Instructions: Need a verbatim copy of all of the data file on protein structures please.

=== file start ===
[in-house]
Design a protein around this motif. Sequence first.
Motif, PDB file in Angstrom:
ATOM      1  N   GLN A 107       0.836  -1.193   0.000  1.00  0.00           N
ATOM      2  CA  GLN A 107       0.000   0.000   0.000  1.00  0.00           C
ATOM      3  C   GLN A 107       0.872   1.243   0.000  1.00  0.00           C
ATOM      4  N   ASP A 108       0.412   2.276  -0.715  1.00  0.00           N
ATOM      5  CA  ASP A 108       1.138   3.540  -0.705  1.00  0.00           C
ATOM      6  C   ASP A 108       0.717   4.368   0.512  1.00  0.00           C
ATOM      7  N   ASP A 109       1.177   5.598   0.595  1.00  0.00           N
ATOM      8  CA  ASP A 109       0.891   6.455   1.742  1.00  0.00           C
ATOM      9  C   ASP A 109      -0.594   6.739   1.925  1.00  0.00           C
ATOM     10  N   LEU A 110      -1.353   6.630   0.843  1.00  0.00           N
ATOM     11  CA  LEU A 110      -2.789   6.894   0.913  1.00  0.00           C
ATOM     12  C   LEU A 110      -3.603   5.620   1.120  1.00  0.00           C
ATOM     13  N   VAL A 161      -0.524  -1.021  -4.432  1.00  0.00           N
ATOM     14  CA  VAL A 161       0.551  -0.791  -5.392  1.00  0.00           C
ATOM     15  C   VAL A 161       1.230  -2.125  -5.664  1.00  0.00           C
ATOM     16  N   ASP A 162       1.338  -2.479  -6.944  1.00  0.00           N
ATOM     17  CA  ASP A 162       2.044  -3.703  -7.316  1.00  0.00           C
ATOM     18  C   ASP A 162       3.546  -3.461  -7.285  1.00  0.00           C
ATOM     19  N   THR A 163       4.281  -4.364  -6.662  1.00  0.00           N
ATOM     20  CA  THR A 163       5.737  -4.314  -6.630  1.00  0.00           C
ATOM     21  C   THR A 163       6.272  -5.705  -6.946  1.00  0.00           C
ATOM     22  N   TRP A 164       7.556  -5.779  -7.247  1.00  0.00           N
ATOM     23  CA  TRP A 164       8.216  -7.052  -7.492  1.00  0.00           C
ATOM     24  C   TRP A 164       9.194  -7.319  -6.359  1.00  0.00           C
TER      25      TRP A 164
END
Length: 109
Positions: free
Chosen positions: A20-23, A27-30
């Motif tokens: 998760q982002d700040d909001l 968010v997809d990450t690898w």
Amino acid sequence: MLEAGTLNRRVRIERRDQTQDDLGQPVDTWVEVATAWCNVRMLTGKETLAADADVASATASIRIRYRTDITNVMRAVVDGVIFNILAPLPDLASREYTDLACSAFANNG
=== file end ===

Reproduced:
[in-house]
Design a protein around this motif. Sequence first.
Motif, PDB file in Angstrom:
ATOM      1  N   GLN A 107       0.836  -1.193   0.000  1.00  0.00           N
ATOM      2  CA  GLN A 107       0.000   0.000   0.000  1.00  0.00           C
ATOM      3  C   GLN A 107       0.872   1.243   0.000  1.00  0.00           C
ATOM      4  N   ASP A 108       0.412   2.276  -0.715  1.00  0.00           N
ATOM      5  CA  ASP A 108       1.138   3.540  -0.705  1.00  0.00           C
ATOM      6  C   ASP A 108       0.717   4.368   0.512  1.00  0.00           C
ATOM      7  N   ASP A 109       1.177   5.598   0.595  1.00  0.00           N
ATOM      8  CA  ASP A 109       0.891   6.455   1.742  1.00  0.00           C
ATOM      9  C   ASP A 109      -0.594   6.739   1.925  1.00  0.00           C
ATOM     10  N   LEU A 110      -1.353   6.630   0.843  1.00  0.00           N
ATOM     11  CA  LEU A 110      -2.789   6.894   0.913  1.00  0.00           C
ATOM     12  C   LEU A 110      -3.603   5.620   1.120  1.00  0.00           C
ATOM     13  N   VAL A 161      -0.524  -1.021  -4.432  1.00  0.00           N
ATOM     14  CA  VAL A 161       0.551  -0.791  -5.392  1.00  0.00           C
ATOM     15  C   VAL A 161       1.230  -2.125  -5.664  1.00  0.00           C
ATOM     16  N   ASP A 162       1.338  -2.479  -6.944  1.00  0.00           N
ATOM     17  CA  ASP A 162       2.044  -3.703  -7.316  1.00  0.00           C
ATOM     18  C   ASP A 162       3.546  -3.461  -7.285  1.00  0.00           C
ATOM     19  N   THR A 163       4.281  -4.364  -6.662  1.00  0.00           N
ATOM     20  CA  THR A 163       5.737  -4.314  -6.630  1.00  0.00           C
ATOM     21  C   THR A 163       6.272  -5.705  -6.946  1.00  0.00           C
ATOM     22  N   TRP A 164       7.556  -5.779  -7.247  1.00  0.00           N
ATOM     23  CA  TRP A 164       8.216  -7.052  -7.492  1.00  0.00           C
ATOM     24  C   TRP A 164       9.194  -7.319  -6.359  1.00  0.00           C
TER      25      TRP A 164
END
Length: 109
Positions: free
Chosen positions: A20-23, A27-30
């Motif tokens: 998760q982002d700040d909001l 968010v997809d990450t690898w």
Amino acid sequence: MLEAGTLNRRVRIERRDQTQDDLGQPVDTWVEVATAWCNVRMLTGKETLAADADVASATASIRIRYRTDITNVMRAVVDGVIFNILAPLPDLASREYTDLACSAFANNG